A person’s attention span starts to dissipate after ten minutes — unless you do something to change the form of engagement.
When you’re one-on-one it’s easier to keep their attention. Just get the other person talking. This requires active engagement. (Note: Very few salespeople understand this simple, simple, idea!!!)
But what about when you’re leading a meeting? Or giving a speech? All you need to do is shift the form of (brain) engagement every ten minutes.
If you’re sharing a lot of information, stop and tell a brief story to weave it all together. This activates the emotive part of the brain. Or, stop and give your audience a chance to process information with a partner. There are many ways to reset attention spans every ten minutes. When you do this, the engagement holds, learning increases, and people take more action.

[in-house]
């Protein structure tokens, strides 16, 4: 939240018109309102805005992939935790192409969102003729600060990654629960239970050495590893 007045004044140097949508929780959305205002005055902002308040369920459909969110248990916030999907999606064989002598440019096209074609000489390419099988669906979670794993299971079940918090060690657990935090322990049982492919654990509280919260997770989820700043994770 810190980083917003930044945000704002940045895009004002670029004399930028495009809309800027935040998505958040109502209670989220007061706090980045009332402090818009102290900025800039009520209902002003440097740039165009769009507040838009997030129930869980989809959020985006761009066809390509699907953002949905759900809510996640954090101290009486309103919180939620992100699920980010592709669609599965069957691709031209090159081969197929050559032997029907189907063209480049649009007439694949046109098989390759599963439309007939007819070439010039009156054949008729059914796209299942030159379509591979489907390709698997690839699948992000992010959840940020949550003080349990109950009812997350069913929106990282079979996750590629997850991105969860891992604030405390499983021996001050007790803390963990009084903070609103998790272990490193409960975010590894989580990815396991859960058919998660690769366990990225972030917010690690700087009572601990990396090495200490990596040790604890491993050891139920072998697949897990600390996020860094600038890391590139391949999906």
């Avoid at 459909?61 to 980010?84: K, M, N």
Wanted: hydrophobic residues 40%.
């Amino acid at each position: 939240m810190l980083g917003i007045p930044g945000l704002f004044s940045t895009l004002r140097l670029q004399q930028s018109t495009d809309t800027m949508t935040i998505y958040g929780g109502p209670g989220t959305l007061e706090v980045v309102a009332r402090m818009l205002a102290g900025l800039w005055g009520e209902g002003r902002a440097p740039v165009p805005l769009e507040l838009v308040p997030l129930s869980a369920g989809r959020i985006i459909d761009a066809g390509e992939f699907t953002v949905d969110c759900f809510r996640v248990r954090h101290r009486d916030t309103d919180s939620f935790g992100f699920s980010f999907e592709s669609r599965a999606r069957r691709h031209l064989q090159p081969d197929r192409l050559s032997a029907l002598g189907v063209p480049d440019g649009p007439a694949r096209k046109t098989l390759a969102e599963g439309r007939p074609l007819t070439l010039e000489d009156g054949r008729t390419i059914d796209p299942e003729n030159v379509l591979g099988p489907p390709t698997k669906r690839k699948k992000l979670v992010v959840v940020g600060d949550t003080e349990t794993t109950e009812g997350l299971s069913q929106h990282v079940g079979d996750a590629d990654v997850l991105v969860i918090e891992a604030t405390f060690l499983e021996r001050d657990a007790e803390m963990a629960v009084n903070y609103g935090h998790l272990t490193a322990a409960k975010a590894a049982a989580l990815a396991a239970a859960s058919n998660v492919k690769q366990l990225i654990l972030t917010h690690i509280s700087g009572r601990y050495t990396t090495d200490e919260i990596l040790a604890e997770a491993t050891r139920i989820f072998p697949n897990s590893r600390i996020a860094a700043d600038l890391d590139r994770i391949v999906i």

Every few years there is a new fad in fundraising. For the past 2+ years (at least), it’s been crowdfunding (think: Kickstarter campaigns).
I am asked about these at least once per week and here’s my reply: “Crowdfunding is the new yellow bracelet.”
When Livestrong sold the yellow bracelets, it became fashionable for every cause to have a rubber bracelet.
I’m often asked about the ice bucket challenge, specifically. That’s a phenomenon, not a (repeatable) funding model.
I believe social media is a big medium for communications. It should factor into how we build relationships — but it’s a tool, not a funding solution.
Though the specific advice varies for each organization, here is what I shared with one team last week: